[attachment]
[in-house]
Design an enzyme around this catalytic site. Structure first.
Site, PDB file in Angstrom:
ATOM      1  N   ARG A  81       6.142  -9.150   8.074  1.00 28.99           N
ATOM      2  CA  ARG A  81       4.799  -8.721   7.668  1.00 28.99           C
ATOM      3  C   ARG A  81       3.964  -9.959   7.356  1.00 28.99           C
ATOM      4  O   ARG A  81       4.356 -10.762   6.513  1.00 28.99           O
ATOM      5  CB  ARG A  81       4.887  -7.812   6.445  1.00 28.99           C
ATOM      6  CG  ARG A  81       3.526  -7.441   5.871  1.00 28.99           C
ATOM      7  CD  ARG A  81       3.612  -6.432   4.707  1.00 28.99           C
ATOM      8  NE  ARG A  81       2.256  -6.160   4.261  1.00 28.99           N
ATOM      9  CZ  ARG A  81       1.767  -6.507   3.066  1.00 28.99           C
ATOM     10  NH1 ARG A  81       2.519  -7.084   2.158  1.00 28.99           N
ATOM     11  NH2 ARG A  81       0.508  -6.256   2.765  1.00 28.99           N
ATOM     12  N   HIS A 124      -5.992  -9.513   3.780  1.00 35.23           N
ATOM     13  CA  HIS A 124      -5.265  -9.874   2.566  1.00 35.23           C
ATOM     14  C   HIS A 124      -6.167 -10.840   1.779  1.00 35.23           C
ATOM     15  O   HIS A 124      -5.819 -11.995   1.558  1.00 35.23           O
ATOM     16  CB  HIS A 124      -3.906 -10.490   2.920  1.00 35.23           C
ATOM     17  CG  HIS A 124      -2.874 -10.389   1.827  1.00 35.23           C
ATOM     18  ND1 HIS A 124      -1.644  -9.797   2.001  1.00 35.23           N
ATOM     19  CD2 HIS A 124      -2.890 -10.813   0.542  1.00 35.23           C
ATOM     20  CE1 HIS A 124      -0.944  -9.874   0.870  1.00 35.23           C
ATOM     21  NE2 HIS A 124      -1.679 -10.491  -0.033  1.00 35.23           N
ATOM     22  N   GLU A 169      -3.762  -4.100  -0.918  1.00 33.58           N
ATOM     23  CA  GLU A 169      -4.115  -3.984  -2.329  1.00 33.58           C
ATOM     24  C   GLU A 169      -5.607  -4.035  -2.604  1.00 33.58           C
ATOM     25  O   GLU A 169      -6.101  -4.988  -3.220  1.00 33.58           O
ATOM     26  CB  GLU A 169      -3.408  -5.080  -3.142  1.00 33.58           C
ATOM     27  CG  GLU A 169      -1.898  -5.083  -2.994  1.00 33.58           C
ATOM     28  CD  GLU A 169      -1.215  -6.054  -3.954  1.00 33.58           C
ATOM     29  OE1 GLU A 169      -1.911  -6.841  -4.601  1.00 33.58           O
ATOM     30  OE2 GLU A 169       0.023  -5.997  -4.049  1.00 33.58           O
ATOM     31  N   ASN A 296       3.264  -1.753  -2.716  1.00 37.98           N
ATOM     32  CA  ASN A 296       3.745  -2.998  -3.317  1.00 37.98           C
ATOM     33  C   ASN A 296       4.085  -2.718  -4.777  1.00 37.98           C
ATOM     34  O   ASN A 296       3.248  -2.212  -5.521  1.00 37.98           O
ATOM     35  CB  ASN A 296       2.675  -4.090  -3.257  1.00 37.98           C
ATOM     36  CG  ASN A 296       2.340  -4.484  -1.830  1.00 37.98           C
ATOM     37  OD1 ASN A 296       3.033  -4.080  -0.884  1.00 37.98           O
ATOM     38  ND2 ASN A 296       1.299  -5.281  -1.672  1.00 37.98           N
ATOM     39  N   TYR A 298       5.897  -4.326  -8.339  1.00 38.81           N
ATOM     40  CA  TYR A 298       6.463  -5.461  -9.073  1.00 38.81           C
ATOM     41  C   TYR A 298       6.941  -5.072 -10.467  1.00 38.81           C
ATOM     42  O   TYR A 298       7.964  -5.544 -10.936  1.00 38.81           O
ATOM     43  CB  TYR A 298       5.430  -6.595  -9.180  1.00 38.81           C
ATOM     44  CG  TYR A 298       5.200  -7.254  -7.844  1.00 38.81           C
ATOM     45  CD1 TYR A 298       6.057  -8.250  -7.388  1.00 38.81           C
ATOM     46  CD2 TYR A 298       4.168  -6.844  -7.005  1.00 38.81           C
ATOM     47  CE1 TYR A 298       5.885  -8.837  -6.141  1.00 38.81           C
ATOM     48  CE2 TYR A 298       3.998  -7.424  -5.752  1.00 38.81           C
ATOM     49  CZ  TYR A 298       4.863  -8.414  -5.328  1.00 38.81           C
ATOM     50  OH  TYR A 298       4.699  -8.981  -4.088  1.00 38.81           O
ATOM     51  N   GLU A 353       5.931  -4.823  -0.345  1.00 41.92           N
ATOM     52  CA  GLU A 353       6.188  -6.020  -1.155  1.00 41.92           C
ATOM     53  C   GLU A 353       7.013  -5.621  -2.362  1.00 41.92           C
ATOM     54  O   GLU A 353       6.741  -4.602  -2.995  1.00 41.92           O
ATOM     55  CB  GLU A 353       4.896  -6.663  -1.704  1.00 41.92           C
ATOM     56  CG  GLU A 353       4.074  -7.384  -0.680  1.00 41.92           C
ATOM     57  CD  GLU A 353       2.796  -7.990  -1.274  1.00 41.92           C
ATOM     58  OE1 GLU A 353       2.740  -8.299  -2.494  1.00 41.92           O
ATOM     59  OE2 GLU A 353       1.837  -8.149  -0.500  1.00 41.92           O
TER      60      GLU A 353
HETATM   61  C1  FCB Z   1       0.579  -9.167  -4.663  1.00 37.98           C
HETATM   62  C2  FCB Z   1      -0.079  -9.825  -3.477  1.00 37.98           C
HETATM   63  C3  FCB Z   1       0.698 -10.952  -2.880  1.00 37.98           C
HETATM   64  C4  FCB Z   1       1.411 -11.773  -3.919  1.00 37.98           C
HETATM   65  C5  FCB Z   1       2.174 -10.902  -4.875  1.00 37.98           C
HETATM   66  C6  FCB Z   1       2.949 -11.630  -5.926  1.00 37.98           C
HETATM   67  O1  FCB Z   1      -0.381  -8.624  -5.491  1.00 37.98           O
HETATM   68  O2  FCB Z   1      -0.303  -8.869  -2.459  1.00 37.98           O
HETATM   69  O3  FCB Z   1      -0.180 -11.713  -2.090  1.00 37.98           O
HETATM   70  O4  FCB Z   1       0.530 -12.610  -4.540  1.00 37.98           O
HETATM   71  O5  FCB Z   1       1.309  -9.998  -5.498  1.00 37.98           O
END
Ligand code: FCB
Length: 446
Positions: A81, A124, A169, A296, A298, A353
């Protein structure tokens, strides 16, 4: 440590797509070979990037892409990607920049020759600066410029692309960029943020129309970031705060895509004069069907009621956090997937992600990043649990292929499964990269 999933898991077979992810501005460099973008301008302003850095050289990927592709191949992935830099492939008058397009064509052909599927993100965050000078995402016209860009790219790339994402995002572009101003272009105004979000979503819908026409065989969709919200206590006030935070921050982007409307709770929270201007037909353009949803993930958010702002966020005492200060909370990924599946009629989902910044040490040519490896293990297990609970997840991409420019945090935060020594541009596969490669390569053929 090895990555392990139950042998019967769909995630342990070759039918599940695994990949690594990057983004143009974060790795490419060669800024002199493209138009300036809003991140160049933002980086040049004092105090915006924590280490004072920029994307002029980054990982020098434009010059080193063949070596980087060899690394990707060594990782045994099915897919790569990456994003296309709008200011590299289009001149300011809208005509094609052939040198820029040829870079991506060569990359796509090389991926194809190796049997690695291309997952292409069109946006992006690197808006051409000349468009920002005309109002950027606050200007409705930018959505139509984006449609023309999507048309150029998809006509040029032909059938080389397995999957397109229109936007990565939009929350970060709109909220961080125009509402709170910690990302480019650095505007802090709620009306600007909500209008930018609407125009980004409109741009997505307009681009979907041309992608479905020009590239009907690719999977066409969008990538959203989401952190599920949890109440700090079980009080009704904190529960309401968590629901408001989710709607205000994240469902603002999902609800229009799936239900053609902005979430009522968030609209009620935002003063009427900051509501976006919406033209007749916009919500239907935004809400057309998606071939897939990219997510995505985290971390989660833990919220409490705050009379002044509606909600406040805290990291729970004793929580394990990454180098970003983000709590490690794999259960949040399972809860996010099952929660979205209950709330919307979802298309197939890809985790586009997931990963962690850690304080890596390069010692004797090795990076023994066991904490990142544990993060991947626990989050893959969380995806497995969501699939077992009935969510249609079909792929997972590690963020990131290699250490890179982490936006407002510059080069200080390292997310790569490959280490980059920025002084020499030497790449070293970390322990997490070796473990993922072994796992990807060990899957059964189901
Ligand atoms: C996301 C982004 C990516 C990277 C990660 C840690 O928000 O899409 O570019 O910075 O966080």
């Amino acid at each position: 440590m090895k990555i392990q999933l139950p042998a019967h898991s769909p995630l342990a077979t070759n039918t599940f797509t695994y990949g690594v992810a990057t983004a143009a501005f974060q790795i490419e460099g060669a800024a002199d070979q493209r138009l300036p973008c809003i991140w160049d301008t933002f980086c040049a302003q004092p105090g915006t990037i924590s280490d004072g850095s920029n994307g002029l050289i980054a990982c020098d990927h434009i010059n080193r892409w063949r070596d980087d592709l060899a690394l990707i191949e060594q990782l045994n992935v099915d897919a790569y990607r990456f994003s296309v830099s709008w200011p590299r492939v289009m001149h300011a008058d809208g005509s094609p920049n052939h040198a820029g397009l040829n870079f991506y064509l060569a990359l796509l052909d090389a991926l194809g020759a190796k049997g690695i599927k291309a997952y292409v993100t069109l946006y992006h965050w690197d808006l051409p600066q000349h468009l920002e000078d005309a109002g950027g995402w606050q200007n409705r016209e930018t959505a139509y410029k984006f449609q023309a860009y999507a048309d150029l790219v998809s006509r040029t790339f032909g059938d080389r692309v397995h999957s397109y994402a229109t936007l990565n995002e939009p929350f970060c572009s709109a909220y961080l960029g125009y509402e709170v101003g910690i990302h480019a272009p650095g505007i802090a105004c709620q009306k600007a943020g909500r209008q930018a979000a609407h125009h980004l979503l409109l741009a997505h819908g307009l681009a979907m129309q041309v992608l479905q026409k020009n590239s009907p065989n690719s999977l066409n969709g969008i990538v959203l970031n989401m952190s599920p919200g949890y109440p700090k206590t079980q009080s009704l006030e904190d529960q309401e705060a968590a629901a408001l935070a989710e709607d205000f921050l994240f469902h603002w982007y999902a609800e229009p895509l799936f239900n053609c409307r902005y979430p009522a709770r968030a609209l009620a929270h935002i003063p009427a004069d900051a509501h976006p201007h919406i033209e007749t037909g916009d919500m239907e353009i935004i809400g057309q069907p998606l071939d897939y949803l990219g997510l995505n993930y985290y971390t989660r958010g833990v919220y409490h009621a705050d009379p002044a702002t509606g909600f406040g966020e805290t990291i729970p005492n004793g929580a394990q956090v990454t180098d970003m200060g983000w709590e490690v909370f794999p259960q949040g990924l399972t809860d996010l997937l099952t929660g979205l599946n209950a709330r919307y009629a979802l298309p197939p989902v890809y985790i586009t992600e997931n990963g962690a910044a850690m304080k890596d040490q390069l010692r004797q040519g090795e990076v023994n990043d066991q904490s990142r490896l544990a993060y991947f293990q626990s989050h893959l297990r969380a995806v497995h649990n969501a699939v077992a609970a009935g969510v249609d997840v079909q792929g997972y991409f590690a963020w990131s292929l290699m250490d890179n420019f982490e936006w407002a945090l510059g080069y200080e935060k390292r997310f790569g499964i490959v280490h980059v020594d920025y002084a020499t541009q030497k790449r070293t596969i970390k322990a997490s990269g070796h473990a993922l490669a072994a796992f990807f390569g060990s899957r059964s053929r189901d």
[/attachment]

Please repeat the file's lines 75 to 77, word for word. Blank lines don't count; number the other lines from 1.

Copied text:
END
Ligand code: FCB
Length: 446